Interpreting Befunge 93 is already not very easy, but doing it within Befunge 93 is a behemoth in itself. This uses the existing features of befunge to simulate the program within its own playing field!

## Jo King's quantum quine

Nominated by emanresu A

When I wrote this question, I didn't believe it was possible to create a program with a score of 0. It's hard to make a program that functions when any character is removed, and even harder to make a quine that stays a quine when any character is removed, let alone one that behaves in such a specific way.

Jo King's answer uses Backhand, a language which skips every few characters to make a bit easier, and even then it's still a quite complex answer.

## m90's answer to Final tribute to John Conway: FRACTRAN self-interpreter

Nominated by Dingus

The previous best solution known for this problem, at 48 fractions, had stood since 2017. It was blown out of the water by @m90's 30-fraction solution, which was accompanied by an excellent explanation.

## tjjfvi's answer to Complement a POSIX Extended Regular Expression

Nominated by Dingus

This challenge had gone without an answer for over 7 years, and a quick survey of the comments reveals just how difficult it was perceived to be: 'It's possible, but crazy tedious ... slightly harder than writing a complete RE engine!', 'Supporting escaped meta-characters is honestly going to be a challenge in itself', 'The code I have so far is basically 30KB'. And indeed, @tjjfvi's well-explained code is a complex beast, transforming regex → tree → DFA → regex, all in less than 1.6 kB! This answer could easily have been nominated for Most Complex Answer or Best Explanation, but @tjjfvi already has another worthy contender in those categories!

# Best Explanation

Repost from 2020, 2019, 2018, 2017, 2016

This category is for the answer with the best explanation accompanying it. Ideally, the winner will be an answer with a very detailed explanation that is accessible to anyone, regardless of the amount of relevant knowledge already possessed.

## Animate finding the middle by Jonah

Nominated by DLosc

Jonah's solution takes a sideways approach to the problem (literally), and Jonah went to the trouble of drawing up a couple of diagrams to illustrate the thought process. The explanation also does a good job of breaking the solution down into its constituent parts, with a worked example, so that even someone who doesn't know J can understand what the program does.

## Totally Cubular by tjjfvi

Self-Nomination

The algorithm for solving the puzzle is fully described in the explanation. It's long, due to the complexity of the challenge, but it was written to be approachable by anyone, even if they have never touched a twisty puzzle. Thus, it explains not just the algorithm, but also the fundamental concepts and thought process behind solving the challenge. Additionally, it includes numerous interactive illustrations (example) and a custom playground which was created solely for the CGCC explanation.

Nominated by Dingus

A picture is worth a thousand words and this answer incorporates some excellent visual aids to help explain cube co-ordinates. The ideas behind the code are broken down clearly in a thorough, yet entertaining, way. This is a well written, high effort answer that @Delfad0r has every right to be proud of.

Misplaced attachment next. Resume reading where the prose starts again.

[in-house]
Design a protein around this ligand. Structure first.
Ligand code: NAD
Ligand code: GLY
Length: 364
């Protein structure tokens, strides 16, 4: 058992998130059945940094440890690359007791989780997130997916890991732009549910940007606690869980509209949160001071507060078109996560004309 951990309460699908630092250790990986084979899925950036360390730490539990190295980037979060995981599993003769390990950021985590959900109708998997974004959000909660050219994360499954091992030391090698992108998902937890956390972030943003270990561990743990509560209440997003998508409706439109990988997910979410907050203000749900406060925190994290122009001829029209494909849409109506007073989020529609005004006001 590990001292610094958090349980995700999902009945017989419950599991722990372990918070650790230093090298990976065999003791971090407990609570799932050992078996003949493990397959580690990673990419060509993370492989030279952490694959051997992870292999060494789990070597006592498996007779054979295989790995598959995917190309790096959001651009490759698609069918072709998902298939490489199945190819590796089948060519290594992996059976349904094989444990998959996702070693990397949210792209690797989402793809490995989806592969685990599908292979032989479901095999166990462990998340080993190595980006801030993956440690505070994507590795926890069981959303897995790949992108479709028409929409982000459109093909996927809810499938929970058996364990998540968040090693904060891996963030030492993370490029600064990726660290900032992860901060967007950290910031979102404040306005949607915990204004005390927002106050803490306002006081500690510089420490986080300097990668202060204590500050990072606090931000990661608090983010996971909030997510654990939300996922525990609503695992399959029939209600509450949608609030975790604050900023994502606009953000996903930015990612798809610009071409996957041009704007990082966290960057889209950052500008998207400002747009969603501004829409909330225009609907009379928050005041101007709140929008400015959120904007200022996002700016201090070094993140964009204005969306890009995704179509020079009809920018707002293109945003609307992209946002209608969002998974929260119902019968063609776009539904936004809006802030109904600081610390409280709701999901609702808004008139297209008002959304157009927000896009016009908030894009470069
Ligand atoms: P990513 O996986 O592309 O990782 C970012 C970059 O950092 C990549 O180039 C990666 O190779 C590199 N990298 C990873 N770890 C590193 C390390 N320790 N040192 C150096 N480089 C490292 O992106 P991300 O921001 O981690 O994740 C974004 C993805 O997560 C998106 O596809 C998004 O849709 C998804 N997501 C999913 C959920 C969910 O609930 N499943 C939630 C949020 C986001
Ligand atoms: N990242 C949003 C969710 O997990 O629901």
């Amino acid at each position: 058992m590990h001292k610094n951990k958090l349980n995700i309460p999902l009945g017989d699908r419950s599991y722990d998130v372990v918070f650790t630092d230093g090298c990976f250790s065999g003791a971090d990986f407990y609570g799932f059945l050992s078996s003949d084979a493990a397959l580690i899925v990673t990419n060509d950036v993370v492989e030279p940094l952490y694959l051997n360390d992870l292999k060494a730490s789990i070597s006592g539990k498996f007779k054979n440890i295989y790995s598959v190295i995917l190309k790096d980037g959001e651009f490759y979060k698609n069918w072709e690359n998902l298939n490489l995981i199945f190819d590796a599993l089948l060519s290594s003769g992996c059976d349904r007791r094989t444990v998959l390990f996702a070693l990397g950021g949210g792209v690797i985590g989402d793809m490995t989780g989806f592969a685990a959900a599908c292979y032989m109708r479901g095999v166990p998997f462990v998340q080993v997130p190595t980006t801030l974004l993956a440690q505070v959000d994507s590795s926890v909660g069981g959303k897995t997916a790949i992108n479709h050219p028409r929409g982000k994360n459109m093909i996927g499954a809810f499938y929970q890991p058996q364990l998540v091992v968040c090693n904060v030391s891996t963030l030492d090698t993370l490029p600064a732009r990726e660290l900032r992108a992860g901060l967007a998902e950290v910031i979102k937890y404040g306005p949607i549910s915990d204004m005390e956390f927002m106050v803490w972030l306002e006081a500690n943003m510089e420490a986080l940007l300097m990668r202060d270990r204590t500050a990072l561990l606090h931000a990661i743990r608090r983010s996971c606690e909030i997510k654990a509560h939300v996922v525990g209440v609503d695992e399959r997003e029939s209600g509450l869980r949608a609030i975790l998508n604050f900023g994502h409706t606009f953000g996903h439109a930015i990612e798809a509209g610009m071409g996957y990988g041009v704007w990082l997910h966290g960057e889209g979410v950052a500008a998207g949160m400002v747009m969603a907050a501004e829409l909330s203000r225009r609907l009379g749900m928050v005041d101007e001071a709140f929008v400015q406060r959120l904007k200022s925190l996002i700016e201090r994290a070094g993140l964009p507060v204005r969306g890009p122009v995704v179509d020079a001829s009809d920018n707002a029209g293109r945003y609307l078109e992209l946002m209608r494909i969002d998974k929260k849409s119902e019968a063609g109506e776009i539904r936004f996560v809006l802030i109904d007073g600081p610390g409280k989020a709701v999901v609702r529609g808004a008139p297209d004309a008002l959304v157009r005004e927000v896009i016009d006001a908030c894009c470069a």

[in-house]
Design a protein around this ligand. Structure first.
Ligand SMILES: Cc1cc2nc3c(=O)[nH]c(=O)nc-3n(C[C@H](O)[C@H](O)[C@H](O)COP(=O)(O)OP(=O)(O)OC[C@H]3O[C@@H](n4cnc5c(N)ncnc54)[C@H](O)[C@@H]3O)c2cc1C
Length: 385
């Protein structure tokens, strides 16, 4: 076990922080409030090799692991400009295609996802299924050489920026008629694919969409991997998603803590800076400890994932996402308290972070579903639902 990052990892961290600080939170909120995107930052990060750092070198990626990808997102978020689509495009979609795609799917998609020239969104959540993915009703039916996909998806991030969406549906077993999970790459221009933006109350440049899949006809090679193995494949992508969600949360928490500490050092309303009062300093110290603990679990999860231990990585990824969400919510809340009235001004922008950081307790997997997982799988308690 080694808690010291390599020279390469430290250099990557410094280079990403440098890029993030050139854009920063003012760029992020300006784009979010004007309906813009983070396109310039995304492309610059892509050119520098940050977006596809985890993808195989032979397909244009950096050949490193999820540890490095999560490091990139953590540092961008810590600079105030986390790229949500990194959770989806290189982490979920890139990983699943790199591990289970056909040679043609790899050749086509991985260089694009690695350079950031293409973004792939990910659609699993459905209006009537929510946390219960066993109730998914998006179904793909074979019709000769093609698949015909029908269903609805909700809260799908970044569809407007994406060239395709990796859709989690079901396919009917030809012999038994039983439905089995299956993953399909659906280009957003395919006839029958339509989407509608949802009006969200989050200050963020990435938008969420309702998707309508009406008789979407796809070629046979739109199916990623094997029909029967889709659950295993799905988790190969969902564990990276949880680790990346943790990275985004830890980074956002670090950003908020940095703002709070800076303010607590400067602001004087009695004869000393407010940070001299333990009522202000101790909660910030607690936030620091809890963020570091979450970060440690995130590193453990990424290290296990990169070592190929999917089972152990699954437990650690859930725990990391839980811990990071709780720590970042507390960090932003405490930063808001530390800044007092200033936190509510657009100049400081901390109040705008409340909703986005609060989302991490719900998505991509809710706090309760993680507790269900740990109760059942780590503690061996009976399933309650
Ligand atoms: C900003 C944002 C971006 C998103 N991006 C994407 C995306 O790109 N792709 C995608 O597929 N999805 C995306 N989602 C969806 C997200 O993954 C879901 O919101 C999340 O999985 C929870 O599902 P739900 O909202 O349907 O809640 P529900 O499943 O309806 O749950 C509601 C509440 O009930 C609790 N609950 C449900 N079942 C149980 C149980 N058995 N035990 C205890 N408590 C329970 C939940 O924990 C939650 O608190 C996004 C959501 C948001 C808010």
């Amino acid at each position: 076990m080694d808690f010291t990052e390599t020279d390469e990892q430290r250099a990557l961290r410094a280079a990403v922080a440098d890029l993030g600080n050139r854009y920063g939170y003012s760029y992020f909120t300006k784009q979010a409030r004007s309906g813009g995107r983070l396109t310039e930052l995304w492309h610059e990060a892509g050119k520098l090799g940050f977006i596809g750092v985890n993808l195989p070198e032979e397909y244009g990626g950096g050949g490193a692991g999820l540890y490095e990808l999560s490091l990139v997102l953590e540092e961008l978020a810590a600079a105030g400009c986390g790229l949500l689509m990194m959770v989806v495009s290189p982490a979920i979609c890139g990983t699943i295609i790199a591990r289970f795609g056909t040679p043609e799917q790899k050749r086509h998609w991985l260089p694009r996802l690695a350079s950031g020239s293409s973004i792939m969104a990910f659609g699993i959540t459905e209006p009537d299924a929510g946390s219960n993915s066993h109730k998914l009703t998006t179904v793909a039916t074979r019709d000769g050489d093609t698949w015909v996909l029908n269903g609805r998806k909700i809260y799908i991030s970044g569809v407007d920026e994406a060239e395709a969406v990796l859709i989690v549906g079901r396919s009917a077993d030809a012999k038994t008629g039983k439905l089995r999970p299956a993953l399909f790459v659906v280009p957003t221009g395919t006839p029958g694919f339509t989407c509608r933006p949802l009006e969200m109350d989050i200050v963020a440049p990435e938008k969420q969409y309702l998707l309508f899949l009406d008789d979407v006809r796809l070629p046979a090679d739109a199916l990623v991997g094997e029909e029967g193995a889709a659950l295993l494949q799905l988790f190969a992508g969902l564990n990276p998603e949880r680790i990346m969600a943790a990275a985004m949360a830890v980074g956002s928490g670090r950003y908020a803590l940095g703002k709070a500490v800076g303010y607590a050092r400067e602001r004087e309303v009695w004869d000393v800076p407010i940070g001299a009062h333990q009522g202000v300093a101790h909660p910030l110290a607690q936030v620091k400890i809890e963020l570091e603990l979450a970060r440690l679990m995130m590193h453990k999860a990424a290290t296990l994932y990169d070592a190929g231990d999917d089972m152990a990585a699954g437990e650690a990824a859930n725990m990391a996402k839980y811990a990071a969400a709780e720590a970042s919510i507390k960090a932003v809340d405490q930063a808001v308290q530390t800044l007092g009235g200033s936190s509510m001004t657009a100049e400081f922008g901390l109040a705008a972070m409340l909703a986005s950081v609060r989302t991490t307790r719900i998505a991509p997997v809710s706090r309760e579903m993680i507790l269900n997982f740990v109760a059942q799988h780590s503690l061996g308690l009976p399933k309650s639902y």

This was a Regex answer to a math-related problem, so the answer's basically guaranteed to be interesting. With more than 20 KB of information about how the answer and some golfed variants of it work, more than 400 MathJax delimiters, and dozens of useful links, this answer provides far more in-depth details on how the answer works than would ever be expected for a 57 byte submission.

Repost of 2020

For an answer or multiple answers where multiple people were involved. This could be multiple people helping out a user on a single answer, or a back-and-forth between two or more answers trying to outgolf each other.

## 69 answers to Print X Without X by lyxal, Aaroneous Miller and emanresu A

Partial self-nomination by emanresu A & Lyxal

Note: Answer count was honestly unintentional.

This began with me posting cops in Javastack (a language of mine) and Lyxal cracking them. We got to 13 before I gave up, then a few weeks later we began again in Vyxal.

I began posting these, and got to 10 before Lyxal and I decided to swap. At this point, the cracks were hundreds of thousands of bytes. Aaroneous Miller jumped in and solved Lyxal's first cop, and ended up solving most of Lyxal's.

For the first few of Lyxal's, the answers could actually be run, until I found a crack where the cost to get a single character exponentially grew. From this point on, the programs became completely theoretical - over the course of several weeks (September 25 to October 16), the byte counts exceeded even the size of the internet.

I (lyxal) personally know that when constructing the cop answers, figuring out what to ban next and improving my intended solution was on my mind quite frequently - I'd be thinking about it while shopping, while taking showers and more. And I know that AaroneousMiller was also pretty constant in his dedication/determination to crack the cops - there was much discussion in the Vyxal chat room on different potential solutions/strategies.

It ended with Aaroneous exactly finding Lyxal's intended answer.

I recommend reading the robbers' thread as it has all the explanations.

In 2020, Lyxal and HighlyRadioactive had 16 answers total. In 2021, the three of us had 69 total answers. We'll see what happens this year, and I apologize in advance to Wheat Wizard's inbox.

## JS answers to Constructing Solar Panels from Squares (Redwolf Programs, Arnauld)

(Partial) self-nomination by Redwolf Programs